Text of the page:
Reflections on Kickstarter and Gen Con

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A commenter on my Gen Con Kickstarter roundup asked how Gen Con has changed with the rise of Kickstarter-funded board games. The truth is, since this was only my second year, I’ve never known a Gen Con before Kickstarter. Certainly, though, there were a host of games I saw during the show that had been funded through Kickstarter, and it seemed like much more than last year (though I don’t have actual figures on that).

Just for kicks, here’s a list of Kickstarter-funded games that I saw in final (or nearly final) form at Gen Con. I’ll get to a little more analysis below, but you can see that it’s a huge list. Most of these debuted this year, though some of these were around last year. I’ve linked those that have been covered or mentioned on GeekDad before.

Keep in mind: these are just the games that I happened to see at Gen Con. I’m sure there were many that I missed.

As I said, it’s hard for me to pinpoint how different Gen Con is before and after Kickstarter, but my perspective as a gamer and reviewer is that it has had a tremendous effect on the tabletop games industry as a whole—and since Gen Con is the biggest gaming convention in North America, I’m sure the effects carry over.

What I’ve noticed as a reviewer is that many game designers and publishers have turned to Kickstarter, with more all the time. For game designers, it’s a way to publish your idea the way you want it—instead of pitching your idea to a publisher, who might take your core idea and completely retheme it, you get to pitch your idea straight to the consumers (who might take your core idea and suggest that you retheme it, but that’s a different story). For publishers, it can serve as a way to gauge interest so you can decide whether it’s worth investing the capital to publish a game. Or, for publishers who are already set on printing up a game anyway, it offsets the up-front costs and works as a preorder system. (I’ll note without commentary that there are many I’ve talked to who complain about this particular use of Kickstarter.)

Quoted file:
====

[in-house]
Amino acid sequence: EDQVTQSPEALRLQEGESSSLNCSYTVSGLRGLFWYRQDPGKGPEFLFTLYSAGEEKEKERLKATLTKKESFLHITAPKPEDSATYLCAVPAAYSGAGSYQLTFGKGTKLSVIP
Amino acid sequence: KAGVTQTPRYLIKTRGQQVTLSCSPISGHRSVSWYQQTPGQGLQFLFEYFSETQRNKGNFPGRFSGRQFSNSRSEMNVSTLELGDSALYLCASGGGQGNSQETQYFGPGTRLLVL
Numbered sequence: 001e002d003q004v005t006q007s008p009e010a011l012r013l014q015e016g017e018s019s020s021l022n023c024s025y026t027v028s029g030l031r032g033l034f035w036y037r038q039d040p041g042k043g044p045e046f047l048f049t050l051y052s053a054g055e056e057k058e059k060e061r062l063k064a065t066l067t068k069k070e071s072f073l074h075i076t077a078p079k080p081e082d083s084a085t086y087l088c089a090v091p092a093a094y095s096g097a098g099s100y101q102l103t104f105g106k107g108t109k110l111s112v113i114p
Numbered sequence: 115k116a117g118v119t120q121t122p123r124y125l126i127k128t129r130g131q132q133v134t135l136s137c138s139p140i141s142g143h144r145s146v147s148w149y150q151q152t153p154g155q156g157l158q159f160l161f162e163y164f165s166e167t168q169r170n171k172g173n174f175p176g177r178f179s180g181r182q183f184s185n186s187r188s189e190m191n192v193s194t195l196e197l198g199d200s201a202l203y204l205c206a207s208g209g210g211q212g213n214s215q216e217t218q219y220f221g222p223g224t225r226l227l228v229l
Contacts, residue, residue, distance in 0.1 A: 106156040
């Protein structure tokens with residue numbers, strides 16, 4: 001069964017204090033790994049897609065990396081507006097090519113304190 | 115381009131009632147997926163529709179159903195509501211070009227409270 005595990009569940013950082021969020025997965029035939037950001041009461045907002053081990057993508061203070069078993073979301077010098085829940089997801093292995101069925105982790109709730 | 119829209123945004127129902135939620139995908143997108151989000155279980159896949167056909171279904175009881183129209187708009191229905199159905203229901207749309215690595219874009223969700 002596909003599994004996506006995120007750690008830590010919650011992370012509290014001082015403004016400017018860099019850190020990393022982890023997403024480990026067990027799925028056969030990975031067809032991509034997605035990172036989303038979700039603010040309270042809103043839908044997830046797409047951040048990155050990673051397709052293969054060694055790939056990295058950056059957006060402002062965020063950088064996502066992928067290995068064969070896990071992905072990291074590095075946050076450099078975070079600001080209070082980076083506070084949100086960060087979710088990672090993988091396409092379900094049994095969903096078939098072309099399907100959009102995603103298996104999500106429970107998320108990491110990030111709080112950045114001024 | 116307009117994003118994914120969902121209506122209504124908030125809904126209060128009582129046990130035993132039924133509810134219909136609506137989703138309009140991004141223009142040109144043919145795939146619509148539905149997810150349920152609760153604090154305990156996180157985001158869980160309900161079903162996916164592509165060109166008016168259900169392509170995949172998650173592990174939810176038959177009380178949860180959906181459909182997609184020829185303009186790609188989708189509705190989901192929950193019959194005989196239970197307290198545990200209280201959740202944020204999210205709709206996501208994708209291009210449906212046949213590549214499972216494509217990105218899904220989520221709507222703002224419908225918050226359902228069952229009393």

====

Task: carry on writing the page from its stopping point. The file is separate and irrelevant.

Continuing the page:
There are a host of new game publishers that wouldn’t exist without Kickstarter—some have only one game in their catalogs; others have built up a loyal following and continue to use Kickstarter as the default platform for each game.

I think I was surprised a little by the sheer number of Kickstarter games from small publishers (say, a one- or two-person company) that had a dedicated booth at Gen Con. Booths aren’t cheap—I’ve talked to many people who didn’t rent a booth because it was simply too expensive. So for a small company with only one funded game to rent a booth, that’s a pretty big investment, particularly if the game wasn’t ready in time to sell at the show. I suppose time will tell if the cost of the booth pays off in future sales when the games are ready for retail.